There are classics, there are fads, and then there's everything else. I originally bought Chef Paul Prudhomme's Louisiana Kitchen way back in the 80's because I wanted to learn how to blacken red fish. I did... it gave me monumental indigestion. Although, as a recipe, it wasn't as terribly difficult as I had made it out in my mind, it was just something I wanted to make sure I got right... because, you know... it was the thing back then.
Unfortunately, I just wasn't all that enamored with Louisiana style cuisine, and the book found it's way to the "probably wont try that again shelf."
With this Cookbook Sunday's thing I've decided, at least for the near future, to dig back into some of my older cookbooks for inspiration. With the mill of cookbooks, coffee-table photo food books, celebrity chef books and the like working overtime in recent years, I thought it would be nice to look back at some of the celebrity chefs of earlier years and the food that really got that whole food fad machine to turning.
|This is today's selection|
Chef Paul Prudhomme's Louisiana Kitchen
1984 / William Morrow and Co.
1. Jambalya makes enough to feed an army, so the measures have been halved to serve from 2 to 4.
2. I've used the seafood I have on hand, so no oysters. I've substituted scallops.
3. Jane is a little fussy about heat, so I have lightened the heat load a bit. But... feel free to make it just as flaming hot as you need it. I will say though, I thought the lighter amount of peppers I used made the additional seasonings sing a bit more.
4. I made a substitution for the tasso / and smoked sausage - you'll just have to read about it below. If you want to utilize the intended ingredients, sub in 1/4 Cup Tasso and 1/2 Cup Smoked Sausage
with Chicken and Seafood
Serves 2 to 4
1 Bay Leaf
3/4 Teaspoon Salt
1/2 Teaspoon Cayenne Pepper
3/4 Teaspoon Dried Oregano
1/2 Teaspoon Dried Thyme
1 Tablespoon (Total) Cracked Black and White Pepper
1 Tablespoon Shortening or Lard
1 Link Italian Sausage or ( 1/2 Cup plain pork sausage)
1/4 Cup Pepperoni
3/4 Cup Chopped Onion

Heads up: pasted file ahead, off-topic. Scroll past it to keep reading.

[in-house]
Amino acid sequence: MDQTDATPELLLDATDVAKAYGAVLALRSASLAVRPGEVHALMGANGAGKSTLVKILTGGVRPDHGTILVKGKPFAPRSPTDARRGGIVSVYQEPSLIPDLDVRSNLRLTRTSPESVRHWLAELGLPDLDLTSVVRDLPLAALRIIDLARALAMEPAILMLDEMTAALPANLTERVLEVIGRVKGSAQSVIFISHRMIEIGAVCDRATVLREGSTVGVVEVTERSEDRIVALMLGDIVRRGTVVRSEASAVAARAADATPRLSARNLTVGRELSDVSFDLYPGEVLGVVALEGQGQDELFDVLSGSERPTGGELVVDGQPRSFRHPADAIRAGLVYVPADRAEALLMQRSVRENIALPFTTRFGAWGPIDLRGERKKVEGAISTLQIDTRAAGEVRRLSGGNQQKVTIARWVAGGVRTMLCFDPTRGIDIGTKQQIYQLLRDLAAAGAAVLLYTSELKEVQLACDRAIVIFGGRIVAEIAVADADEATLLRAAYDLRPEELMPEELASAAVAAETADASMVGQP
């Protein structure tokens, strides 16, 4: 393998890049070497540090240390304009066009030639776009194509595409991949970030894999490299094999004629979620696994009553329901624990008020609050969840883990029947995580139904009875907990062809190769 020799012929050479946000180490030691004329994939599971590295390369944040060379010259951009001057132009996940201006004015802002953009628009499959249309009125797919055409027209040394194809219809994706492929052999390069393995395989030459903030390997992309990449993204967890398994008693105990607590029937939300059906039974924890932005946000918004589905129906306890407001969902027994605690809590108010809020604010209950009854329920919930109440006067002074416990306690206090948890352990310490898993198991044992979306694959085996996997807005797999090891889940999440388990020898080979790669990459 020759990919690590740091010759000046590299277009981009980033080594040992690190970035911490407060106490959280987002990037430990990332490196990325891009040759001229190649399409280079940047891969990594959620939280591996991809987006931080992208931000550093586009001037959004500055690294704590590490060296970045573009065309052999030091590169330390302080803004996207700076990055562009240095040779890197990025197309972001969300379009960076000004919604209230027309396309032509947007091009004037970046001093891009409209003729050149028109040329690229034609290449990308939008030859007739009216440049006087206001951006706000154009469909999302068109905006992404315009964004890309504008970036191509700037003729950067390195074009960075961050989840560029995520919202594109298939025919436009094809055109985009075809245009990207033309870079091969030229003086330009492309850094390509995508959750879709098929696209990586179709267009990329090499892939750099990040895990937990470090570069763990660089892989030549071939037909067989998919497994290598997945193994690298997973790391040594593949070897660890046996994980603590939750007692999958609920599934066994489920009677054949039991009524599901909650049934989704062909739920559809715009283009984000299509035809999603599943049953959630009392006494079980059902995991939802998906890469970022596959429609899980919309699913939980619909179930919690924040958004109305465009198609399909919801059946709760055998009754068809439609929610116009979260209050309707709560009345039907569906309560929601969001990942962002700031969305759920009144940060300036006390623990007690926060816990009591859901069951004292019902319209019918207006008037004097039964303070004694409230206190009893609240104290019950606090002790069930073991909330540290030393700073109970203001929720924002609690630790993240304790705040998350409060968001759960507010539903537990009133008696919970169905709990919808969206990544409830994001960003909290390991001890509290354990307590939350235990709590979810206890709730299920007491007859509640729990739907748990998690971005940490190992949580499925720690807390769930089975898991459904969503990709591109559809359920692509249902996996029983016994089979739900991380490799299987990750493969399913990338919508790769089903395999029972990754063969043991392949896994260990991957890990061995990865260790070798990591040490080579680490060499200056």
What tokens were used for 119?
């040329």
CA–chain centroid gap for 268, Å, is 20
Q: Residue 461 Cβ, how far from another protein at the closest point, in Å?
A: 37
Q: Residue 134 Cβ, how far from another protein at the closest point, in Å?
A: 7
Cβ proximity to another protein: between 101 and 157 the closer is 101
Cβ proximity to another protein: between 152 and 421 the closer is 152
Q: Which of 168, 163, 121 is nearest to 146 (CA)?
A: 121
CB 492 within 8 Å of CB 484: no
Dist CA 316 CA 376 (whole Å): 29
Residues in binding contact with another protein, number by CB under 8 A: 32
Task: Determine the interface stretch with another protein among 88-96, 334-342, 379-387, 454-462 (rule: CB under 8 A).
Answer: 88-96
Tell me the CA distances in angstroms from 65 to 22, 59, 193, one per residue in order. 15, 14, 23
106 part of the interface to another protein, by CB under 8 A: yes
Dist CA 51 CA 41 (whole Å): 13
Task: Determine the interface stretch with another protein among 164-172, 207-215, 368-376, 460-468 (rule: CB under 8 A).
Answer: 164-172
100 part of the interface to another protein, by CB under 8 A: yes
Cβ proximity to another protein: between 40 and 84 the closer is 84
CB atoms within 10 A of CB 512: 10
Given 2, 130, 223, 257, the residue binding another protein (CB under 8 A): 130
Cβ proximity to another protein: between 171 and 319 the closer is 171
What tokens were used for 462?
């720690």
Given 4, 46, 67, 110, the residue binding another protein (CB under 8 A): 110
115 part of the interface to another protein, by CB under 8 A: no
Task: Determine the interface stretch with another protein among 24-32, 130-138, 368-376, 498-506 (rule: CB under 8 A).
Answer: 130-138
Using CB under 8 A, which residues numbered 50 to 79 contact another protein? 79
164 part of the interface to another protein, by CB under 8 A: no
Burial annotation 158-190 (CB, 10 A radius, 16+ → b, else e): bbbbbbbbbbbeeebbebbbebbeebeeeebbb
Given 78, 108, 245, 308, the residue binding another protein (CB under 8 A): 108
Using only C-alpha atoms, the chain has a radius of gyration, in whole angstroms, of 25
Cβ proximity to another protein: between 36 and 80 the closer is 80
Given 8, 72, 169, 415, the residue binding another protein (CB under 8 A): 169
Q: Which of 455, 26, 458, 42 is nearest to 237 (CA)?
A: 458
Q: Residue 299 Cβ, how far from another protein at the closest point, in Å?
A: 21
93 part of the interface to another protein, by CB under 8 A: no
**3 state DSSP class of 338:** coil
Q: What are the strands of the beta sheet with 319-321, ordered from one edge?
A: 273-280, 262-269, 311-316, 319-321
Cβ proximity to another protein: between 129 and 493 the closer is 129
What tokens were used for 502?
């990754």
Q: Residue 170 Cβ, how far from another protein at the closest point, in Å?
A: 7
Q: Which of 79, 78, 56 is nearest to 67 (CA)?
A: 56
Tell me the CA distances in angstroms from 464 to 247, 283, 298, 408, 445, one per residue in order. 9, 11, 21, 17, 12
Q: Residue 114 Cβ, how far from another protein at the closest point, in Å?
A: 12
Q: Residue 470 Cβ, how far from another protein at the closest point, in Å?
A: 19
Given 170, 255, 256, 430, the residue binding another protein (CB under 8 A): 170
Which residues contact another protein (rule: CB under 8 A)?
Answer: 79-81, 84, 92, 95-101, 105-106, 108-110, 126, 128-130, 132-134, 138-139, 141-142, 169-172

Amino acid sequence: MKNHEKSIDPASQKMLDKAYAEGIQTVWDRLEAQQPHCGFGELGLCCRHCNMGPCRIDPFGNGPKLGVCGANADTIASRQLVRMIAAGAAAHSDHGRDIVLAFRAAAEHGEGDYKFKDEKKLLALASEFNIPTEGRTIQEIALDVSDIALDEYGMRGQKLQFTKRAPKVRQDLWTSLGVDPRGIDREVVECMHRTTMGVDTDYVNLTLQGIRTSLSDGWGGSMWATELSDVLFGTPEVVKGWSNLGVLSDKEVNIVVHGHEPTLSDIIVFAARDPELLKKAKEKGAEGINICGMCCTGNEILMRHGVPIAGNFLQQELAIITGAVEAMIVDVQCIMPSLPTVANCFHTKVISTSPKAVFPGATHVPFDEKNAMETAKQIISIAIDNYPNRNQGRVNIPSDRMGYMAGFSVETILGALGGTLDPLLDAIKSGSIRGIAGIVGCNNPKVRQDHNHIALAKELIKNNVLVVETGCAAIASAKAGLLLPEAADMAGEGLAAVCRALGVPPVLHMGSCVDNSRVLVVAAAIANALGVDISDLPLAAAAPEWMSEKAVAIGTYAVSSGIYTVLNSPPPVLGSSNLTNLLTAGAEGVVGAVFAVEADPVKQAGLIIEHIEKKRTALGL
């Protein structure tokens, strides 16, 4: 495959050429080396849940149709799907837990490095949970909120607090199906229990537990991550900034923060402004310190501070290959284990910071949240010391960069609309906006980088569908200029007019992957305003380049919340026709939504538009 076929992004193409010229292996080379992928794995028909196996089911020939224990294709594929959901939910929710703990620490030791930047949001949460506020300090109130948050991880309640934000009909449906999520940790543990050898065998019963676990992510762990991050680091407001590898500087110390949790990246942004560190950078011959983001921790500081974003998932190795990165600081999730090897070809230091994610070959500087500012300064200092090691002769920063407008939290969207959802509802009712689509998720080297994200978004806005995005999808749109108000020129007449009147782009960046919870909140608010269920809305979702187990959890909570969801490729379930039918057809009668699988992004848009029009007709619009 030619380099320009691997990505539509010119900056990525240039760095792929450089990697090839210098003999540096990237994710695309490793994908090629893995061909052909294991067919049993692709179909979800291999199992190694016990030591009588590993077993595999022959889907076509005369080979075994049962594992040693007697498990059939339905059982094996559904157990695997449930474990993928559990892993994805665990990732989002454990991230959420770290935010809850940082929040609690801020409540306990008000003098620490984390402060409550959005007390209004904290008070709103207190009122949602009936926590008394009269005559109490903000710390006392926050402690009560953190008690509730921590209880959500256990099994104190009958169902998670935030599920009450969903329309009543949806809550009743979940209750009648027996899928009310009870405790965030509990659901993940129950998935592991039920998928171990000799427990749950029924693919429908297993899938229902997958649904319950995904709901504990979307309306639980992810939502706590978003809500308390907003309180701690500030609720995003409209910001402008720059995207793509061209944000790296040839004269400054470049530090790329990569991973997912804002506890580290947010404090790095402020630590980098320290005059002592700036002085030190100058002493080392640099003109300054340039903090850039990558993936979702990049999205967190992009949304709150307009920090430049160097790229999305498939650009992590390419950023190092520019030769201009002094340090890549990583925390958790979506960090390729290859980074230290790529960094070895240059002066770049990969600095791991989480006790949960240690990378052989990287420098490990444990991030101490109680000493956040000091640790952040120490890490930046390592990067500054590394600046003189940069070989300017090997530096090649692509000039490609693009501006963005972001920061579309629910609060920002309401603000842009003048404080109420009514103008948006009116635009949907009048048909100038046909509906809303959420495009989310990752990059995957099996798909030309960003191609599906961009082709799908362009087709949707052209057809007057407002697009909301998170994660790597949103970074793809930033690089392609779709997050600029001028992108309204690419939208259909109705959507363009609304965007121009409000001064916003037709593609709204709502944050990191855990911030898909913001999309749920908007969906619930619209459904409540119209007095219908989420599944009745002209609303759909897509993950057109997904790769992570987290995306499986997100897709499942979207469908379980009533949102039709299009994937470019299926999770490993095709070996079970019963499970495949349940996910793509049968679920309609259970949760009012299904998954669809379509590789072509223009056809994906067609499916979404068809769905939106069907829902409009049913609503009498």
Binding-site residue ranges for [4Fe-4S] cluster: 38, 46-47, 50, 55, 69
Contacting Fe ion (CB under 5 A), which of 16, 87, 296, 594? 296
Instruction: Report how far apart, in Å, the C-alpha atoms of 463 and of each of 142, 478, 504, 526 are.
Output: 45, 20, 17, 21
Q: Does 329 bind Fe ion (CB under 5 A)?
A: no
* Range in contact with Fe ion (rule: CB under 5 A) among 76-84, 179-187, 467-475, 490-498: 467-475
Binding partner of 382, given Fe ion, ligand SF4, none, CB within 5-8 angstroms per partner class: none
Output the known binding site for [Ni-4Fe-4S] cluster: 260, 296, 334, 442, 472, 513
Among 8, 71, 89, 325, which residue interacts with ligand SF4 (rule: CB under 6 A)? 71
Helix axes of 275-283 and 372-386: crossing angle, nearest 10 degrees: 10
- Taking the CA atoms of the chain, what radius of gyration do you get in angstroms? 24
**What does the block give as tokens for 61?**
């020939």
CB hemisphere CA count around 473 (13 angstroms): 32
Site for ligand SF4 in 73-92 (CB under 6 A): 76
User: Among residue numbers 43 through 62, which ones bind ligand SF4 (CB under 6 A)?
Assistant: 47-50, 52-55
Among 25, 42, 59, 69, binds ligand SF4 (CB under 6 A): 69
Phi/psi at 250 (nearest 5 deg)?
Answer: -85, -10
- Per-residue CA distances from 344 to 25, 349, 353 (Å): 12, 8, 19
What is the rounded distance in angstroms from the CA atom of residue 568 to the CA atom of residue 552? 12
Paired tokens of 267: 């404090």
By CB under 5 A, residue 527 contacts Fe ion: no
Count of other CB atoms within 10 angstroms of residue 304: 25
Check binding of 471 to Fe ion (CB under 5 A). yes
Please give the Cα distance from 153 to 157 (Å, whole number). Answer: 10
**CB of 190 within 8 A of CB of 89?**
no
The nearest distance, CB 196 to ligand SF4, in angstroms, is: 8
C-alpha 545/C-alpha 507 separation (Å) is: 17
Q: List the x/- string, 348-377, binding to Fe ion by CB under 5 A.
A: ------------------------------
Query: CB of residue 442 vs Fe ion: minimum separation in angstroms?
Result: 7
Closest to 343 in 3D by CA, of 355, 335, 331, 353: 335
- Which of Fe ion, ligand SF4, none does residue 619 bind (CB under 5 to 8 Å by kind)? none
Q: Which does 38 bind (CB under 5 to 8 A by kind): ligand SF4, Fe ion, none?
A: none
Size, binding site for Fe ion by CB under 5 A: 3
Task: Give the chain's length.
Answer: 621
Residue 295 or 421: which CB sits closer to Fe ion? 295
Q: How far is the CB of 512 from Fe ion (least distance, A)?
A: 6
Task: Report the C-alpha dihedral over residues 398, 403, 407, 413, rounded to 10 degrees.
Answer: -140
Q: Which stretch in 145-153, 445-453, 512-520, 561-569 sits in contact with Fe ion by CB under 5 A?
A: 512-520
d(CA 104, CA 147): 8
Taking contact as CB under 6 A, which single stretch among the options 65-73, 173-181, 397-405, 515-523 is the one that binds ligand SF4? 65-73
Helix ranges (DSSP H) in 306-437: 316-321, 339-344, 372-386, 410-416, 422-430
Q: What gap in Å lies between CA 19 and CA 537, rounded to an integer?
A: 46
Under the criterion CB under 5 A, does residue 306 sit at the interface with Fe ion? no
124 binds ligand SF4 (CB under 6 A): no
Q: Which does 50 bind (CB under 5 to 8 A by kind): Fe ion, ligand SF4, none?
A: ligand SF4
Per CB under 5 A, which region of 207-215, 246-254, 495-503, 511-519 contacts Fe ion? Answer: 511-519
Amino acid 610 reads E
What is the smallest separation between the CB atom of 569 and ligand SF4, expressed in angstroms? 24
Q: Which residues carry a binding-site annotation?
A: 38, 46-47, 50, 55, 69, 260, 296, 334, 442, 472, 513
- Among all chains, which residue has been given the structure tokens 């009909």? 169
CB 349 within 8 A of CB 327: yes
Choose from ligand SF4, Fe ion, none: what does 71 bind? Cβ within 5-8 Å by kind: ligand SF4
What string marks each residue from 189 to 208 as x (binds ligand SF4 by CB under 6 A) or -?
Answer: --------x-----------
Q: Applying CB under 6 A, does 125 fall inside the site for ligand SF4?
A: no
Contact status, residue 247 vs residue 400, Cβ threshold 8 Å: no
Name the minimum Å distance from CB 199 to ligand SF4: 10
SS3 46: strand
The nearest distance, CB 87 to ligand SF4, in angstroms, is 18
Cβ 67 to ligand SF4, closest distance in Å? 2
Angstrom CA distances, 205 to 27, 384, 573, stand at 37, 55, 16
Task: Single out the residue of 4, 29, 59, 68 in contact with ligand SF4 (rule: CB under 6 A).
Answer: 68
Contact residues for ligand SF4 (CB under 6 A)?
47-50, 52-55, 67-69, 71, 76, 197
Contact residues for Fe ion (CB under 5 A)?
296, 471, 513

1/2 Cup Chopped Green Bell Pepper
1/2 Cup Chopped Celery
1/2 Cup Cooked Chicken
6 Large Shrimp
1 Cup Scallops
1/2 Cup Tomato Juice
2 Large Tomatoes - Diced
2 Cloves Garlic - Chopped
1/4 Cup Green Onion - Chopped
1 Cup Uncooked Rice
1 Cup Chicken Stock
Small Sauce Pan
1 Sheet of Tin Foil
|Served traditionally with molded steamed rice|
and some crispy fried okra pods I found at the market last month.
- Preheat the oven to 350
- Peel the shrimp and cut into 1" pieces - retain the shells
- Place the shells and stock into a small sauce pan and bring to a boil - set aside ( this is a quick and easy way to make a substitute for seafood stock)
- Place the dutch oven on medium high heat with the shortening
- Cut the sausage into 1/2" pieces and brown the sausage and pepperoni in the pot until the pepperoni is crispy
- Add the celery, onions and bell peppers and saute for about 5 minutes - be sure to scrape the bottom of the pot as you go
- Add the chicken, seasoning mix and the garlic; and cook for another 3 minutes - stirring constantly
- Add the tomatoes and cook until they begin to break down (about 5 to 7 minutes)
- Strain the shells from the stock and add the stock, tomato juice and green onions and bring to a boil
- Add the shrimp, scallops, and uncooked rice and stir well to combine
- Seal the top with the foil and place the lid on
- Place the cover pot in the oven and bake for 30 minutes at 350
- Serve piping hot with fresh steamed rice
|Peppers, Onions and Celery - |
The "Holy Trinity" of Creole Cuisine
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